What is the best age to become an Entrepreneur? The answer of course = Any. There are however arguments and statistics to support differing optimal ages to leave your day job and become an entrepreneur, or to never enter the rat race of employment and startup in your teens for that matter. I find myself thinking about the age dimension as I meet younger and younger entrepreneurs who have found their calling for starting and growing businesses earlier in life than I found my own. This blog is an opinion piece and you are welcome to  take it with a pinch of salt, the reality is that age is a factor in success as an entrepreneur, it sits alongside other characteristics of a business owner such as passion, drive, fortitude, vision and experience to name a few.

What do the analysts say

foundermissingHBR‘s article “How old are silicon valleys top founders. Here’s the data” explores the correlation between age at startup with company value within this vibrant sector of the startup world. The standout statement within their results was “… we can conclude that founders under the age of 35 represent a significant proportion of founders in the billion-dollar club, and most likely the majority”.

Forbe‘s put a lot of stock in the under-30 age group with their annual “30-under-30’s” review. Analysis wise their analysts have published quite opposing views on this age topic. The most compelling piece I have read this year is “Why great entrepreneurs are older than you think” with links to studies and research demonstrating support for the title statement. The standout quote in this article is “Against all stereotypes, we found that the typical successful founder was 40 years old, with at least 6-10 years of industry experience. Twice as many successful entrepreneurs are more than 50 as under 25“.

Sticking with Forbes a converse position presented in “Why 20 somethings are the most successful entrepreneurs” uses a sample set (some of) the most successful american businesses started within our lifetimes to demonstrate the assertion made in the title. The key takeout of this article supposes “One of the main reasons that young entrepreneurs can build incredibly successful companies is that they really don’t have anything to lose.”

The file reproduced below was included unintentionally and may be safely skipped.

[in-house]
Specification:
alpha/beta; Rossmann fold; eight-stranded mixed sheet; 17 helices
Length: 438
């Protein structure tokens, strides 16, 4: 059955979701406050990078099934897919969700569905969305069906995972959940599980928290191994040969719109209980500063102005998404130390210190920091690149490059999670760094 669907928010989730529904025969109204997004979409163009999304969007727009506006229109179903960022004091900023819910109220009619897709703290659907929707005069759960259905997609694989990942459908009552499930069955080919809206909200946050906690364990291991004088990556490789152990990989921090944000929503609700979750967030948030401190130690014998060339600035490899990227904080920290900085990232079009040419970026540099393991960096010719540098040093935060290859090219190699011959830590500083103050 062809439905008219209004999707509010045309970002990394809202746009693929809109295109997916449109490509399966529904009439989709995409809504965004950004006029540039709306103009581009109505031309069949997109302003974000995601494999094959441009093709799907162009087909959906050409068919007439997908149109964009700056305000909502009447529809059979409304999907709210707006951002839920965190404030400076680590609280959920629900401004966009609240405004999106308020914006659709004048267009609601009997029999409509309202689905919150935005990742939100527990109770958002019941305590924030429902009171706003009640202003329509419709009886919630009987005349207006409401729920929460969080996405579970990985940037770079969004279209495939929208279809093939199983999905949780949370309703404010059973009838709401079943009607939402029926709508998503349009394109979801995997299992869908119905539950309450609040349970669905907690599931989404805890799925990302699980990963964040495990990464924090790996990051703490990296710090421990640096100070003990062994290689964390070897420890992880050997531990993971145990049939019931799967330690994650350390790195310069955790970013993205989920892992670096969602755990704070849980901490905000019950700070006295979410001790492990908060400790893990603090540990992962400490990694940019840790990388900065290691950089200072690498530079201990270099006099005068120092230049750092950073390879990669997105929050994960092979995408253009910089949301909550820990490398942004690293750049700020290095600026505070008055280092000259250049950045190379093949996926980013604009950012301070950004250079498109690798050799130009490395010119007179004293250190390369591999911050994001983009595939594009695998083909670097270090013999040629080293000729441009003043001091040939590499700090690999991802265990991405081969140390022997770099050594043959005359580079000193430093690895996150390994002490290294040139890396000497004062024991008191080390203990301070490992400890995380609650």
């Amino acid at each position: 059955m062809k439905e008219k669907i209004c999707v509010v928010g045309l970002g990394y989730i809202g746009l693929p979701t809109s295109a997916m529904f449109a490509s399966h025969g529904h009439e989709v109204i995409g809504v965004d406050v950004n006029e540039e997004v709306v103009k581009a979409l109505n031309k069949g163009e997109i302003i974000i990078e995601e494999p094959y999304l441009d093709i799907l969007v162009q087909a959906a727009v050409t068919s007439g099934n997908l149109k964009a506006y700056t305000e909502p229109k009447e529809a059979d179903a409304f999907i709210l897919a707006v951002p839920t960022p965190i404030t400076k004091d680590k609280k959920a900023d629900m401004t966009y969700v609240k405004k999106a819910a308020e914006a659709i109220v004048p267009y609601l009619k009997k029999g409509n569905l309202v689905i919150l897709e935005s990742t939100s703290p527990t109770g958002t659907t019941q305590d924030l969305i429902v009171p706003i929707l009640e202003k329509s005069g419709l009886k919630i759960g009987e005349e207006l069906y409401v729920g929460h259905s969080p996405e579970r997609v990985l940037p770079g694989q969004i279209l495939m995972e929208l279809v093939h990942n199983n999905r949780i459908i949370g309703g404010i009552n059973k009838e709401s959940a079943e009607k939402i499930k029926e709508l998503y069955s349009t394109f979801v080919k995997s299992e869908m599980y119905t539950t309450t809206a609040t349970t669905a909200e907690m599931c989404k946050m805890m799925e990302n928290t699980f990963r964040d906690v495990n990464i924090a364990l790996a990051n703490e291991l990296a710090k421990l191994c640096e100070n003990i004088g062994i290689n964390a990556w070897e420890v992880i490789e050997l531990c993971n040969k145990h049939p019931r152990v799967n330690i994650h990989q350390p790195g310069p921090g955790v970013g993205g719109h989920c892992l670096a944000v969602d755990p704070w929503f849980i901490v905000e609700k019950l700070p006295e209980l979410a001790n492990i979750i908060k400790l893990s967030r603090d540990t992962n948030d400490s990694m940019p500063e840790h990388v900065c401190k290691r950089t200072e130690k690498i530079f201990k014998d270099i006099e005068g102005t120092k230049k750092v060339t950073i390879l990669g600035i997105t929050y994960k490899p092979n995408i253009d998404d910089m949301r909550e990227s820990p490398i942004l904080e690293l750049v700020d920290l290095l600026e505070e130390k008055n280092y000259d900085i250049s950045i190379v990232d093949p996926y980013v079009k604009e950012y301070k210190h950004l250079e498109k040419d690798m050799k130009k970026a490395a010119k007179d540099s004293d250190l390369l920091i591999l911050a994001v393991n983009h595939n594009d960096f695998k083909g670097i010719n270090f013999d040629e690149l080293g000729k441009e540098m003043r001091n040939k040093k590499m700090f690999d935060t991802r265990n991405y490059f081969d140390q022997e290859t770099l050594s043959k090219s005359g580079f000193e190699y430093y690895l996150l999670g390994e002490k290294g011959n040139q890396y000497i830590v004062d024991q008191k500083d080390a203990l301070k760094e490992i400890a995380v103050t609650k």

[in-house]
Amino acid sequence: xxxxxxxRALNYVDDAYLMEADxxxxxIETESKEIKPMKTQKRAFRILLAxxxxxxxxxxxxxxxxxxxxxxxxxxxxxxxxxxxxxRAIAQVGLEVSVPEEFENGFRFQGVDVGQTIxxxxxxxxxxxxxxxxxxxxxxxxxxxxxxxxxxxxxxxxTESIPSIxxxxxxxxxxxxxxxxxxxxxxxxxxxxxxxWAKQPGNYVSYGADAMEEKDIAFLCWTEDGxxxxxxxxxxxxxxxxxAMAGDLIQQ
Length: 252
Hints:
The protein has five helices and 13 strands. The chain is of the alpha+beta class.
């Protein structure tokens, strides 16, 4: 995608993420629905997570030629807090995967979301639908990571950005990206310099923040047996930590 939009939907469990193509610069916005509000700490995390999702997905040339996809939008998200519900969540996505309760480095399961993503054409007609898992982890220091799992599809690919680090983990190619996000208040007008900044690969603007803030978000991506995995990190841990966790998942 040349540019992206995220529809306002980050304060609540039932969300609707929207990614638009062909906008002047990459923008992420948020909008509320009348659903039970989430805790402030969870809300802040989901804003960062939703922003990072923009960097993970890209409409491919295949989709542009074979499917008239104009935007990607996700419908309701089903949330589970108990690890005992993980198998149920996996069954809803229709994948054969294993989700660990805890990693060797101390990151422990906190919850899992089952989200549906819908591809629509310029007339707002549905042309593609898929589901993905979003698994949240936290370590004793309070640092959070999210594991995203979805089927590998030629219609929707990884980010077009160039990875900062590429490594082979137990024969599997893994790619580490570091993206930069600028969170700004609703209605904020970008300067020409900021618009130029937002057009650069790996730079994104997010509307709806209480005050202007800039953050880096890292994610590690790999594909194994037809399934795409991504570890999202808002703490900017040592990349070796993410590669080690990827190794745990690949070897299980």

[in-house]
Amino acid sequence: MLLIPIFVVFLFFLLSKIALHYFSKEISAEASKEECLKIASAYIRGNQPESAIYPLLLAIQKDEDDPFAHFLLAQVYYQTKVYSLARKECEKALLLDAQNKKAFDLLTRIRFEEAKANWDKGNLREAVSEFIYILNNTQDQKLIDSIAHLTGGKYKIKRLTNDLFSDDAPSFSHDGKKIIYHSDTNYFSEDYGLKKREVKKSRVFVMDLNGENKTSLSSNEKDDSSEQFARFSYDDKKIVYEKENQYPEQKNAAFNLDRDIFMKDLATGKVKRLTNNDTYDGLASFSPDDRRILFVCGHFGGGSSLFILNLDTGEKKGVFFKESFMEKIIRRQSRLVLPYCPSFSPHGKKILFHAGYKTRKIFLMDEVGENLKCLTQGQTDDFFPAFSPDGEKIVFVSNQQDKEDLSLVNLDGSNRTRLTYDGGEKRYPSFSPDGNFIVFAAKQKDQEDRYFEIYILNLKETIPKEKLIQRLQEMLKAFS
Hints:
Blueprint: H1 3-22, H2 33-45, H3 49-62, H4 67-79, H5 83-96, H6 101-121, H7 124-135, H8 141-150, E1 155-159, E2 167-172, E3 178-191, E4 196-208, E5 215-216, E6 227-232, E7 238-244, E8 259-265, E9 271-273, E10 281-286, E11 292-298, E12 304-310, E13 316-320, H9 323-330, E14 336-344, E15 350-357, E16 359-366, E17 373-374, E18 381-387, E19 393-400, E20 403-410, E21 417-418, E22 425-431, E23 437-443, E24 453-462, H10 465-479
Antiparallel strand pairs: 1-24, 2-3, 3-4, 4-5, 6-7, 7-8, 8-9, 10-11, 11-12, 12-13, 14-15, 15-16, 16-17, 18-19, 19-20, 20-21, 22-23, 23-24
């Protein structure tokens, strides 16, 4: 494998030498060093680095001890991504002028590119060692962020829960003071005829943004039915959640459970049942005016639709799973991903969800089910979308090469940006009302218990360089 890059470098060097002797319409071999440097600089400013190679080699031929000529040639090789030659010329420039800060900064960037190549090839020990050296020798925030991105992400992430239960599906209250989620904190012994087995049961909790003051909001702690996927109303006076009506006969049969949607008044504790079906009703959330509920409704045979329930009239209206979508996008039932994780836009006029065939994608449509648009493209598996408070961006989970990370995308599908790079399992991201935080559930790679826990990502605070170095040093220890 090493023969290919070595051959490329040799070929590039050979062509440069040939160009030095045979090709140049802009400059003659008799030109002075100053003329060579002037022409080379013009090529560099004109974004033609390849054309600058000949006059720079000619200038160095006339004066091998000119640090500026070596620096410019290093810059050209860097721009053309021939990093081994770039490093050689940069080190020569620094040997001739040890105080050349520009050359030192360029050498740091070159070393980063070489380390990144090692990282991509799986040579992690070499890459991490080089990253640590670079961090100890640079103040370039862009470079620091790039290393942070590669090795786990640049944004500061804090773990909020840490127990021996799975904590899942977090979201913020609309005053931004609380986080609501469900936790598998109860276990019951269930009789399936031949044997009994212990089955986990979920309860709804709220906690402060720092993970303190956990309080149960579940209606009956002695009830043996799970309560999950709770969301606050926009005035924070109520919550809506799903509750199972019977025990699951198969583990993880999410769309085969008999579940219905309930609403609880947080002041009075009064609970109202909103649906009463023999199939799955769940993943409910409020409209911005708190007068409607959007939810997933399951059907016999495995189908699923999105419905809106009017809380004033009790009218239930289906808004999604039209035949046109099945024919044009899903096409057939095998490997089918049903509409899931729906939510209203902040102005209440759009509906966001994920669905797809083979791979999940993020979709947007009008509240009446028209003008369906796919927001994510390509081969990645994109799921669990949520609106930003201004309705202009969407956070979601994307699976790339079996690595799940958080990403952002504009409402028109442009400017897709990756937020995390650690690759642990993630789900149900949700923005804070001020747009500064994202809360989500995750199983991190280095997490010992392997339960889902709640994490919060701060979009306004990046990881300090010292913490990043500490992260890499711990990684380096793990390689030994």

1. Founders of Google:  Sergey Brin (25) & Larry Page (25)
  2. Founders of Apple:  Steve Jobs (21) & Steve Wozniak (26)
  3. Founders of Microsoft:  Bill Gates (20) & Paul Allen (22)
  4. Founder of Facebook:  Mark Zuckerberg (20)
  5. Founder of Wal-Mart:  Sam Walton (26)

This TechCrunch article “Is there a peak age for Entrepreneurship” provides yet another perspective – that the highly successful 20 something billionaire’s have skewed the actual data which presents a cross spectrum representative of both age at startup and success by age. The article provides us with a range of statistics compiled by the Founders Institute and represents 4 key entrepreneurial characteristics – Experience, Fluid Intelligence, Openness, Agreeableness. Their concluding statement aligns with my own experience of fellow entrepreneurs “In the end, classic biases of gender, race, and age need to be discarded for a real science of success.”

What my experience (or gut) tells me

There are pros and cons of every age to consider starting up, reasons for starting up and reasons to not – experience, risk aversion, money, kids, ideas, creativity, innovation, mentors, comfort, fear – to name a few.

My observation of the many many entrepreneurs I love to meet is personality traits outweigh age. Perhaps in your 20’s you are unencumbered by risk and nothing to lose but conversely you have limited experience. I had 2 kids at 23 and know I would have been a terrible entrepreneur as didn’t know how to co-exist within a workplace ecosystem. In my 30’s when I took my first step becoming a shareholder who still held a day job, I had a large mortgage and risk aversion crept in, perhaps too a little comfort with the status quo. So for me giving up my day job at 40 and stepping into the world of business ownership boots and all provided the right mix of experience, perspective, network, contacts, mentors and enabled me to reignite long since forgotten business ideas.

Any age is a good age if you have made the mental leap, crossed the risk divide and can harness your energy, fortitude, passion, focus, drive, vision and take the step!

Happy sharing, Vic.

New to my blog? you can read about Victoria here.